• Do not insert the container itself into your rectum. Use the applicator provided.
  • To fill the container—First, shake the container hard for several seconds. Then, holding the container upright, insert it into the applicator. Press the cap of the container until the foam reaches the fill line of the applicator. Remove the applicator from the container.
  • To use the medicine—Place a small amount of foam on the tip of the applicator. Insert the applicator into your rectum, then push the plunger as far as possible. Remove the applicator. Then take it apart and wash it carefully.

Dosing—The dose of rectal anesthetics will be different for different patients. Follow your doctor's orders or the directions on the label . The following information includes only the average doses of these medicines. If your dose is different, do not change it unless your doctor tells you to do so.

  • For benzocaine
  • For pain and itching of hemorrhoids or other problems in the rectal area:
    • For rectal ointment dosage form:
      • Adults—Apply a small amount of ointment to the area around the rectum up to six times a day.
      • Children—Use and dose must be determined by the doctor.
  • For dibucaine
  • For pain and itching of hemorrhoids or other problems in the rectal area:
    • For rectal ointment dosage form:
      • Adults—Insert a small amount of ointment into the rectum three or four times a day, in the morning, in the evening, and after bowel movements. Or, apply a small amount of ointment to the area around the rectum three or four times a day.
      • Children—Use and dose must be determined by the doctor.
  • For pramoxine
  • For pain and itching of hemorrhoids or other problems in the rectal area:
    • For rectal cream dosage form:
      • Adults—Apply a small amount to the area around the rectum up to five times a day, in the morning, in the evening, and after bowel movements.
      • Children—Use and dose must be determined by the doctor.
    • For rectal ointment dosage form:
      • Adults—Insert a small amount of ointment into the rectum up to five times a day, in the morning, in the evening, and after bowel movements. Or, apply a small amount to the area around the rectum up to five times a day, in the morning, in the evening, and after bowel movements.
    • For the rectal aerosol foam dosage form:
      • Adults—Insert 1 applicatorful into the rectum two or three times a day. Or, apply a small amount to the area around the rectum two or three times a day.
      • Children—Use and dose must be determined by the doctor.
  • For tetracaine and for tetracaine and menthol
  • For pain and itching of hemorrhoids or other problems in the rectal area:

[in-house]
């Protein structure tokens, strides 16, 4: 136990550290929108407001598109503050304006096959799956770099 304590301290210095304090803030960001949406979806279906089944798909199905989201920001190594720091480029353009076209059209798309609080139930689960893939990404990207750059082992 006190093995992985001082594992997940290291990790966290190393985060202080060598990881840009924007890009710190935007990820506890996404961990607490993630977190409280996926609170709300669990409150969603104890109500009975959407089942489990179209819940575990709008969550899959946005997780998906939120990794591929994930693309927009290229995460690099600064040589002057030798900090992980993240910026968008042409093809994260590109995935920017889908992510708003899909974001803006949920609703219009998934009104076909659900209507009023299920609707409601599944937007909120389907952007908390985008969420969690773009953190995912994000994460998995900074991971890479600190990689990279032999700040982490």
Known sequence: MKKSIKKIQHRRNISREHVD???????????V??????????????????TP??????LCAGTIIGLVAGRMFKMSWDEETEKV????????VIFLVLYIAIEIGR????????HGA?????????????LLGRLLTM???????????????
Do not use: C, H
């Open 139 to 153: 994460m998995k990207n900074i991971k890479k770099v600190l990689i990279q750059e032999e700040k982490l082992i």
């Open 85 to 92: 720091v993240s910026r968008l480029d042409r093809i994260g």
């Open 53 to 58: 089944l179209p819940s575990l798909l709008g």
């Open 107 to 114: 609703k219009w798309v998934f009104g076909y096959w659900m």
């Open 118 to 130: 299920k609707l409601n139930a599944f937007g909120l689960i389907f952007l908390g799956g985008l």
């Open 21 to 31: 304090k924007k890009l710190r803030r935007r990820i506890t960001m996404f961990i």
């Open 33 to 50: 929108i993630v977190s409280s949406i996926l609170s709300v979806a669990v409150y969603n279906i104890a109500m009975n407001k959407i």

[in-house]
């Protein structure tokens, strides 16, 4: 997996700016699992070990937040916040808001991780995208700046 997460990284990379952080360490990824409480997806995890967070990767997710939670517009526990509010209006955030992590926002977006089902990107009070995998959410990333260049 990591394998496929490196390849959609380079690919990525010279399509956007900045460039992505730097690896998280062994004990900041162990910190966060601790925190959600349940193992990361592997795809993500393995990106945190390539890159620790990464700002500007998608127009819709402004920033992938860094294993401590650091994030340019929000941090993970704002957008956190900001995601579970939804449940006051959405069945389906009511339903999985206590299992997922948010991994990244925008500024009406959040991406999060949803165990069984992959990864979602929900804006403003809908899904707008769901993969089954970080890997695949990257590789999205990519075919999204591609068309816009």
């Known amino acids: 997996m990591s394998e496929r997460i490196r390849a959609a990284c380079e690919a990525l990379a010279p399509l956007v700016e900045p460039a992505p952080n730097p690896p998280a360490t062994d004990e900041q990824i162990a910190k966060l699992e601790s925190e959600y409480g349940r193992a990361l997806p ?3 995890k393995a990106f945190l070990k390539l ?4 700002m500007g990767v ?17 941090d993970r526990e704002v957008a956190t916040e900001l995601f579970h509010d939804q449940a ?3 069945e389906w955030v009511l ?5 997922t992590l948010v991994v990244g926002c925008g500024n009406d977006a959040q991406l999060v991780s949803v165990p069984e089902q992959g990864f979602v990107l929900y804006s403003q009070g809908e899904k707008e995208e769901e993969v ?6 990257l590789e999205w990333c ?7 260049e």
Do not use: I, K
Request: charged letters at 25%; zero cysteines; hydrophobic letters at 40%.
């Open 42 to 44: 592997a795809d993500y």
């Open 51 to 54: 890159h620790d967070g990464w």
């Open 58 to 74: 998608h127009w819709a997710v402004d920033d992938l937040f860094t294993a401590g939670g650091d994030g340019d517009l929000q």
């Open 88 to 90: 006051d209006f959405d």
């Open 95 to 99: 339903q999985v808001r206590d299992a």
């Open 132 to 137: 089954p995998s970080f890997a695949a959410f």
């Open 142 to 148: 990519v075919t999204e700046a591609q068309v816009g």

• For the rectal cream or rectal ointment dosage form:
      • Adults—Insert a small amount into the rectum up to six times a day. Or, apply a small amount to the area around the rectum up to six times a day.
      • Children—Use and dose must be determined by the doctor.

Missed dose—If your doctor has directed you to use this medicine on a regular schedule and you miss a dose, use it as soon as possible. However, if it is almost time for your next dose, skip the missed dose and go back to your regular dosing schedule.

Storage—To store this medicine:

  • Keep out of the reach of children.
  • Store away from heat and direct light.
  • Keep the medicine from freezing.
  • Do not puncture, break, or burn the pramoxine aerosol foam container, even after it is empty.
  • Do not keep outdated medicine or medicine no longer needed. Be sure that any discarded medicine is out of the reach of children.

Precautions While Using This Medicine

Check with your doctor:

  • If your condition does not improve after you have been using this medicine regularly for 7 days, or if it becomes worse.
  • If any bleeding from the rectum occurs.
  • If you notice any rash, redness, or irritation that was not present before you started using this medicine.

False test results may occur if benzocaine or tetracaine is present in your body when a certain laboratory test is done. This test uses a medicine called bentiromide (e.g., Chymex) to show how well your pancreas is working. You should not use any products containing benzocaine or tetracaine for about 72 hours (3 days) before this test is done.

Side Effects of This Medicine

Along with its needed effects, a medicine may cause some unwanted effects. Although not all of these side effects may occur, if they do occur they may need medical attention.

Stop using this medicine and check with your doctor immediately if any of the following side effects occur:

Signs and symptoms of too much medicine being absorbed by the body

Blurred or double vision; confusion; convulsions (seizures); dizziness or lightheadedness; drowsiness; feeling hot, cold, or numb; increased sweating; ringing or buzzing in ears; shivering or trembling; slow or irregular heartbeat; unusual anxiety, excitement, nervousness, or restlessness; unusual paleness

Also, check with your doctor as soon as possible if any of the following side effects occur:

Less common

Burning, stinging, swelling, or tenderness not present before treatment; skin rash, redness, itching, or hives at or near place of application

Other side effects not listed above may also occur in some patients. If you notice any other effects, check with your doctor.

Revised: 09/01/1994

The information contained in the Thomson Healthcare (Micromedex) products as delivered by Drugs.com is intended as an educational aid only. It is not intended as medical advice for individual conditions or treatment. It is not a substitute for a medical exam, nor does it replace the need for services provided by medical professionals. Talk to your doctor, nurse or pharmacist before taking any prescription or over the counter drugs (including any herbal medicines or supplements) or following any treatment or regimen. Only your doctor, nurse, or pharmacist can provide you with advice on what is safe and effective for you.